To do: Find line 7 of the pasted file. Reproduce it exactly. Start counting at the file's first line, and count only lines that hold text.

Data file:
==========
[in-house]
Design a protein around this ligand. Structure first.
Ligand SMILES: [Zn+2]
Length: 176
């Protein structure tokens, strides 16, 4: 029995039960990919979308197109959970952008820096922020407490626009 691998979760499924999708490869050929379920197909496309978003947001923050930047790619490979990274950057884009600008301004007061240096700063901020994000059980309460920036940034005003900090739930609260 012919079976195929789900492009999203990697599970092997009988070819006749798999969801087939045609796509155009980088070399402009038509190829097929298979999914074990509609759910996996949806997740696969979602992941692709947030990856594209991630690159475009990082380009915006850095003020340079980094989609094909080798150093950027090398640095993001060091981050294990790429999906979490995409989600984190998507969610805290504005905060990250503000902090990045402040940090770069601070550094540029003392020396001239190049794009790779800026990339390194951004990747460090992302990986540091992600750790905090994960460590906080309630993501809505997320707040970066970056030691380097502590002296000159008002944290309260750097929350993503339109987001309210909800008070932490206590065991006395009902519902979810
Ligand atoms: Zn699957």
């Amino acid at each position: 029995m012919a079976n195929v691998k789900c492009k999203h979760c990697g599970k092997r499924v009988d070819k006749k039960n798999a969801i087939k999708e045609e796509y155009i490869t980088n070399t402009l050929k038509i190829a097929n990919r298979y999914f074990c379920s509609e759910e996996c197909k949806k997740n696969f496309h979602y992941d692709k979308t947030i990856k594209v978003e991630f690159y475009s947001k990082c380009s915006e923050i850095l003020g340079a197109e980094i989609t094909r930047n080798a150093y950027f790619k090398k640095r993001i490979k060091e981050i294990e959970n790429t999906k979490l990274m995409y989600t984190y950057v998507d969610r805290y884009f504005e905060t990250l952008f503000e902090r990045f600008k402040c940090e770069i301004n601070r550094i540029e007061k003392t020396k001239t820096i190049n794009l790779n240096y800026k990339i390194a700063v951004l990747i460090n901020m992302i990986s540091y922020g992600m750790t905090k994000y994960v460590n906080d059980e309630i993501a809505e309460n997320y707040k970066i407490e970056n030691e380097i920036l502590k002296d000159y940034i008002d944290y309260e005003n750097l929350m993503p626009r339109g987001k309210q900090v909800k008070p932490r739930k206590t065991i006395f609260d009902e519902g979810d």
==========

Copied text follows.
């Amino acid at each position: 029995m012919a079976n195929v691998k789900c492009k999203h979760c990697g599970k092997r499924v009988d070819k006749k039960n798999a969801i087939k999708e045609e796509y155009i490869t980088n070399t402009l050929k038509i190829a097929n990919r298979y999914f074990c379920s509609e759910e996996c197909k949806k997740n696969f496309h979602y992941d692709k979308t947030i990856k594209v978003e991630f690159y475009s947001k990082c380009s915006e923050i850095l003020g340079a197109e980094i989609t094909r930047n080798a150093y950027f790619k090398k640095r993001i490979k060091e981050i294990e959970n790429t999906k979490l990274m995409y989600t984190y950057v998507d969610r805290y884009f504005e905060t990250l952008f503000e902090r990045f600008k402040c940090e770069i301004n601070r550094i540029e007061k003392t020396k001239t820096i190049n794009l790779n240096y800026k990339i390194a700063v951004l990747i460090n901020m992302i990986s540091y922020g992600m750790t905090k994000y994960v460590n906080d059980e309630i993501a809505e309460n997320y707040k970066i407490e970056n030691e380097i920036l502590k002296d000159y940034i008002d944290y309260e005003n750097l929350m993503p626009r339109g987001k309210q900090v909800k008070p932490r739930k206590t065991i006395f609260d009902e519902g979810d």